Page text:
based on Xenophon’s Anabasis

The 300, excerpts

/watch?v=4iT27TKz_UI (becoming Spartan)

/watch?v=Vk91LJK78M4

/watch?v=R-6M5FukAoE

Rome

Philosophy

Philosophy: A Guide to Happiness, “Seneca on Anger”, Channel 4

/watch?v=hJ0g7IKWG7E

/watch?v=bUxCL7hbQiA

/watch?v=KFKBxDC8L9U

Representations

Spartacus, directed by Stanley Kubrick and Anthony Mann, excerpts

/watch?v=bOgEJVM_gnI

/watch?v=EvZ7BbNGDco

1960

Rome (the TV show)

/watch?v=41BjWZ-NSzs (death of Julius)

/watch?v=s_hgcC2NFwo (Battle of Philippi)

/watch?v=EtGEToHoFWc (Antony arrives in Egypt)

/watch?v=2X9ZpNQTXXg (death of Antony and Cleopatra)

/watch?v=F8hNaCnOdcw (Octavian in the Senate)

BBC/HBO/RAI

I Claudius, BBC TV programme, excerpts

/watch?v=2BD5kNi6D7E

/watch?v=E9cKGYhuQKQ

/watch?v=0zJbah86QOI

/watch?v=9_oRPUVqlVg

/watch?v=lNyFAa_nAPI

/watch?v=33JUVV8mOB4

/watch?v=rS1KuEWZY60

/watch?v=woo-zMPjlBM

/watch?v=gzQxIfbtdsU

/watch?v=tbbBj1j9aZk

/watch?v=Z0IW157-ElI

/watch?v=Gp1mk9bdsdM

/watch?v=QNDpHtSL0dI

/watch?v=-pJ-xSI4rOQ

1976

The Fall of the Roman Empire, directed by Anthony Mann, excerpts

/watch?v=t-pXYCV8xkc

1964

First Century CE Judaism

Nova, “Ancient Refuge in the Holy Land”

/watch/23348/nova-ancient-refuge-in-the-holy-land#x-0,vepisode,1

PBS

Dead Sea Scrolls, Channel 4

/watch?v=RROAMfG82BY

/watch?v=TLWJChL47oM

/watch?v=N2LJLJ7S2-c

/watch?v=CEyFcDvRR2U

/watch?v=YG_GfMGABak

/watch?v=1Z4Sf7ScVgY

Early Christianity

Frontline, From Jesus to Christ: The First Christians

/wgbh/pages/frontline/shows/religion/watch/

PBS

Peter and Paul and the Christian Revolution

Episode 1

/watch?v=dosud_aeAX0

/watch?v=QGx6UPkGGk0

/watch?v=I-RM6rahZFU

/watch?v=cV38UAYFf9c

/watch?v=z7vFgG9F1tQ

/watch?v=R3rHd6ZcaN0

Episode 2

/watch?v=BSOdcTy1TiU

/watch?v=1aCPQNyxj-0

/watch?v=fQpER1DUcjQ

/watch?v=-CQgMhXeqVQ

/watch?v=VRoNjm_z7o0

/watch?v=6DjLOsPKpis

PBS, 2003

Talking History: Jesus, 22 December (Real Media)

/arcH2997.html

Talking History: Jesus the Apocalyptic, 20 December (Real Media)

/arcH2999.html

Talking History: The Death of Jesus, 30 March (Real Media)

/arcH2998.html

Representations

King of Kings, directed by Nicholas Ray

/watch?v=1keVjZfXHYE

/watch?v=Vi3D1k24Qv4

/watch?v=sC0qVHZ1DVg

/watch?v=_ZKZA8mYTP8

/watch?v=6X0T6PlOl7g

/watch?v=RrH5iPPz_tg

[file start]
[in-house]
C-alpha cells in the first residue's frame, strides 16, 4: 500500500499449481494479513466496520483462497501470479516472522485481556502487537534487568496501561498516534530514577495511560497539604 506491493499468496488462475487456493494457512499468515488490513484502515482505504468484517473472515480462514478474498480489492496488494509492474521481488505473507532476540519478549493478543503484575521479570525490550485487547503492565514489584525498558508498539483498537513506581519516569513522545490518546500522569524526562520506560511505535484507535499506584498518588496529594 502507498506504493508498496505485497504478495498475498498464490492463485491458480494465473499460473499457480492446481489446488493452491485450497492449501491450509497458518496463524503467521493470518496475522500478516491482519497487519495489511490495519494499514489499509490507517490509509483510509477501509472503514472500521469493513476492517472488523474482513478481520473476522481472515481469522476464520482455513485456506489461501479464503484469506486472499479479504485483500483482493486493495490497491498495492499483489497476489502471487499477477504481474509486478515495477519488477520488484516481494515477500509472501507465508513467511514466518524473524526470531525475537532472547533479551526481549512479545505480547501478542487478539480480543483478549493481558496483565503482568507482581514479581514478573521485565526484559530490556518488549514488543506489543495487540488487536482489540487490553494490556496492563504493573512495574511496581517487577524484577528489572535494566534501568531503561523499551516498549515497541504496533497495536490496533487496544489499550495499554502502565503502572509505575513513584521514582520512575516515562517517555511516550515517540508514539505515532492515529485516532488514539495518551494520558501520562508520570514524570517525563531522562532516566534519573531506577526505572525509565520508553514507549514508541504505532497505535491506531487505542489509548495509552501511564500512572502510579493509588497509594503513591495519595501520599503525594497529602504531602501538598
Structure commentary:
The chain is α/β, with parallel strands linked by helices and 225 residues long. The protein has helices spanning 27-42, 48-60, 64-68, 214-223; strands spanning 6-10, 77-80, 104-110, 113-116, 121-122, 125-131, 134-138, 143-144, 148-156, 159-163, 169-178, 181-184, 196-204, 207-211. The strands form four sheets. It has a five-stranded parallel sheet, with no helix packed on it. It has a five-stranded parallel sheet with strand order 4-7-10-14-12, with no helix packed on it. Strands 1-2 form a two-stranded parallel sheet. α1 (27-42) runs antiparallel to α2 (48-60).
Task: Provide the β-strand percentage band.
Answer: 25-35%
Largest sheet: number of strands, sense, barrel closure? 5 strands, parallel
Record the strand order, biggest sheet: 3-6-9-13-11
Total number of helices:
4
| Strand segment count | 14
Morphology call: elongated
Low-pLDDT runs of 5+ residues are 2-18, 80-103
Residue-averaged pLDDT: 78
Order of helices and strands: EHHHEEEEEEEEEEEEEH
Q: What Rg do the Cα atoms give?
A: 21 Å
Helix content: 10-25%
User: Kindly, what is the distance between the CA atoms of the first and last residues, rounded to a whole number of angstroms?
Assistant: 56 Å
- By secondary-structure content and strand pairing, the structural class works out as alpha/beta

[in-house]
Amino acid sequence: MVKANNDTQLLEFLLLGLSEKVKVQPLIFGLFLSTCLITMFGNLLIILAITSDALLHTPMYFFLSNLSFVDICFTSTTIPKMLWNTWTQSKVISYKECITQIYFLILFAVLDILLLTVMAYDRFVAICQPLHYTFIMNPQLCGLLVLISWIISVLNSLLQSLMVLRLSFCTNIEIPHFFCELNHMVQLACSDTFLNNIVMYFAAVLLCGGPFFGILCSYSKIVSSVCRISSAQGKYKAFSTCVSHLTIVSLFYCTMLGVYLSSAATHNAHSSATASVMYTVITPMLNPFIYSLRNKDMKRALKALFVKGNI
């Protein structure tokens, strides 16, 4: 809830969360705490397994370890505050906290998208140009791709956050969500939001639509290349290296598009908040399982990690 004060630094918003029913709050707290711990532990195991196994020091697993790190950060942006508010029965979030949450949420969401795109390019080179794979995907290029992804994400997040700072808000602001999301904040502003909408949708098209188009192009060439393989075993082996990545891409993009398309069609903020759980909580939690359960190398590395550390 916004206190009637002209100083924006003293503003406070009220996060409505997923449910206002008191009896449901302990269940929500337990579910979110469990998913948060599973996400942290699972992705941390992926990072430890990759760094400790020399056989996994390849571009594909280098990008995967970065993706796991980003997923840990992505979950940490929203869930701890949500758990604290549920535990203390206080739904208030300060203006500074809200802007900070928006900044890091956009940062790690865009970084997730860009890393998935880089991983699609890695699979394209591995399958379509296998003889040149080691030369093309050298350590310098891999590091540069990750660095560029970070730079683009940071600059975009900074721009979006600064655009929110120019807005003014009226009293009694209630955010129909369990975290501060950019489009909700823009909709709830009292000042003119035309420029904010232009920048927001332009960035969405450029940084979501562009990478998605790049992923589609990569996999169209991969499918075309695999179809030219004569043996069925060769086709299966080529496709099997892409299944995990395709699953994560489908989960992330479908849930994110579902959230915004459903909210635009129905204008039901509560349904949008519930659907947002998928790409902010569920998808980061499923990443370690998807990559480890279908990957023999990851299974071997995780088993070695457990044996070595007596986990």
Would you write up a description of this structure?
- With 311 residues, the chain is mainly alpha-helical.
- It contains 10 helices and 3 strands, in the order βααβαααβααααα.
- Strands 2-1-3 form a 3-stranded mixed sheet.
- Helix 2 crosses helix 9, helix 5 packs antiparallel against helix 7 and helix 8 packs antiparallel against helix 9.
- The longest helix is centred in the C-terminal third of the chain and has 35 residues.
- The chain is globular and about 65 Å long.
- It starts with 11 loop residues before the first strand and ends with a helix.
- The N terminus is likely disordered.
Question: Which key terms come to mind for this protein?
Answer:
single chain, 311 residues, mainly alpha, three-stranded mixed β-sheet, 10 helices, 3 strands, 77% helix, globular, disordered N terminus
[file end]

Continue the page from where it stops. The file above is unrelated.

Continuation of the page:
/watch?v=szbNZtVifLk

/watch?v=OAhhp3Pkd4Y

/watch?v=B402tqIsdbk

/watch?v=YE_VoUobxlg

/watch?v=svmTGlP_VP4

/watch?v=f2Ulo0o_hsc

/watch?v=mD5zyWqgcZs

/watch?v=gFxjwn03AC4

/watch?v=hACJgJDecVU

/watch?v=HzE1SNEwyxI

/watch?v=tpAFUgUrW0k

1961

The Passion of the Christ, directed by Mel Gibson

/watch?v=ORJ92d9qzC0

2004

Ben Hur, directed by William Wyler, excerpts

/watch?v=uUYJFSvVli8

/watch?v=pbQvpJsTvxU

1959

The Robe, directed by Henry Koster, excerpts

/watch?v=wWf2K3DonoA

/watch?v=bjrkQ2rMqTg

1953

Chapter Two:

  1. Of english words and phrases (1)

    Документ
    V. exist, be; have being &c n.; subsist, live, breathe, stand, obtain, be the case; occur &c (event) 151; have place, prevail; find oneself, pass the time, vegetate.
  2. Of english words and phrases (2)

    Документ
    2. Inexistence N. inexistence†; nonexistence, nonsubsistence; nonentity, nil; negativeness &c adj.; nullity; nihility†, nihilism; tabula rasa [Lat.], blank; abeyance; absence &c 187; no such thing &c 4; nonbeing, nothingness, oblivion.
  3. Copyright (C) micra, Inc. 1991, 1992

    Документ
    Hithes.doc is a hierarchically-organized thesaurus derived by reorganization of the version of Roget s Thesaurus published in 1911. The new organization is intended to allow use of ISA and other semantic relational markers.
  4. Ю. Б. Голицынский 4-е изд., Спб.: Каро, 2003. 288с

    Документ
    1. This is a book. It is my book. 2. Is this your pencil? — No, it isn t my pencil, it is my sister s pencil. 3. I have a sister. My sister is an engineer.
  5. А. Л. Пумпянский написал серию из трех книг по переводу нашей научной и технической литературы на английский язык: «Введение в практику перевода научной и технической литературы на английский язык», «Пособие по перево (1)

    Документ
    А. Л. Пумпянский написал серию из трех книг по переводу нашей научной и технической литературы на английский язык: «Введение в практику перевода научной и технической литературы на английский язык», «Пособие по переводу научной и технической
  6. А. Л. Пумпянский написал серию из трех книг по переводу нашей научной и технической литературы на английский язык: «Введение в практику перевода научной и технической литературы на английский язык», «Пособие по перево (2)

    Документ
    А. Л. Пумпянский написал серию из трех книг по переводу нашей научной и технической литературы на английский язык: «Введение в практику перевода научной и технической литературы на английский язык», «Пособие по переводу научной и технической
  7. Essays on Untouchables and Untouchability: Social

    Документ
    (Besides the consolidated scheme on "Untouchables or children of India s Ghetto " included in Book I in this Volume, there are several other essays by Dr.
  8. Учебное пособие для студентов II курса специальности (1)

    Учебное пособие
    Учебное пособие содержит упражнения и тексты для студентов специальности «Мосты и транспортные тоннели». Упражнения направлены на формирование у студентов речевых грамматических навыков на основе профессиональной лексики.
  9. Учебное пособие для студентов II курса специальности (2)

    Учебное пособие
    Работа одобрена редакционно-издательским советом академии в качестве учебного пособия по английскому языку для студентов II курса специальности «Мосты и транспортные тоннели»
  10. Задача настоящего учебника помочь учащимся овладеть как навыками перевода, так и навыками устной и письменной англий­ской речи. Для достижения этой цели учащиеся должны приобрести определенный запас слов и изучить грамматический строй языка

    Задача
    Задача настоящего учебника — помочь учащимся овладеть как навыками перевода, так и навыками устной и письменной англий­ской речи. Для достижения этой цели учащиеся должны приобрести определенный запас слов и изучить грамматический строй языка.